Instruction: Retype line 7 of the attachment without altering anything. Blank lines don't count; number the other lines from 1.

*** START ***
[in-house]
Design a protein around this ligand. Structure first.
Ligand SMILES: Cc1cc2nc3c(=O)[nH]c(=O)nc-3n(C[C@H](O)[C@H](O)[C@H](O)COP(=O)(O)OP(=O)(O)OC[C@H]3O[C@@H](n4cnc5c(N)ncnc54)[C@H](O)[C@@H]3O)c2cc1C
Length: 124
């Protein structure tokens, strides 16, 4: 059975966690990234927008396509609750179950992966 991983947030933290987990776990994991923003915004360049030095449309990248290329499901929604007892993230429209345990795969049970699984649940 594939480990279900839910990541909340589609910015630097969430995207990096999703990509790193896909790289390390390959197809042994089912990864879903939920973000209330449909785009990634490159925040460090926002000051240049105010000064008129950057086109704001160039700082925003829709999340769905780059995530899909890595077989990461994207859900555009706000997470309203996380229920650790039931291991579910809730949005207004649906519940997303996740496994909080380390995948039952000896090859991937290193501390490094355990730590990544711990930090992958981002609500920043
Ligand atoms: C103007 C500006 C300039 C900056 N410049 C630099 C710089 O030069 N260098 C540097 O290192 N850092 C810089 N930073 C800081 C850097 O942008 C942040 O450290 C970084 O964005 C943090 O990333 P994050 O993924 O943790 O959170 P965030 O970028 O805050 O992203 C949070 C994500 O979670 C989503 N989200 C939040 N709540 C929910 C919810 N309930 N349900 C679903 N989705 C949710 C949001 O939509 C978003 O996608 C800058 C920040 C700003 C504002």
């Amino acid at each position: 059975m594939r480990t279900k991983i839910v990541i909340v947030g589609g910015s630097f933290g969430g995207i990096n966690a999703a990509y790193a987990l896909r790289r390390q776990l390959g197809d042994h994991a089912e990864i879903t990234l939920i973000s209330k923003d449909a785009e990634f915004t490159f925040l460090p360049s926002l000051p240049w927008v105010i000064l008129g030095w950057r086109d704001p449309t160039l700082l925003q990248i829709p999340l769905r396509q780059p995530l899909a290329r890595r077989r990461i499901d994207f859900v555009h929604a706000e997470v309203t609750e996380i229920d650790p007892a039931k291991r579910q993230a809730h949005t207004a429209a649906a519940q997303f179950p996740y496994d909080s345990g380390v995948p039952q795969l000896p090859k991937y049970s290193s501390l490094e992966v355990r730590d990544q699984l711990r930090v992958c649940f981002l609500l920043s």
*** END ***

């Amino acid at each position: 059975m594939r480990t279900k991983i839910v990541i909340v947030g589609g910015s630097f933290g969430g995207i990096n966690a999703a990509y790193a987990l896909r790289r390390q776990l390959g197809d042994h994991a089912e990864i879903t990234l939920i973000s209330k923003d449909a785009e990634f915004t490159f925040l460090p360049s926002l000051p240049w927008v105010i000064l008129g030095w950057r086109d704001p449309t160039l700082l925003q990248i829709p999340l769905r396509q780059p995530l899909a290329r890595r077989r990461i499901d994207f859900v555009h929604a706000e997470v309203t609750e996380i229920d650790p007892a039931k291991r579910q993230a809730h949005t207004a429209a649906a519940q997303f179950p996740y496994d909080s345990g380390v995948p039952q795969l000896p090859k991937y049970s290193s501390l490094e992966v355990r730590d990544q699984l711990r930090v992958c649940f981002l609500l920043s």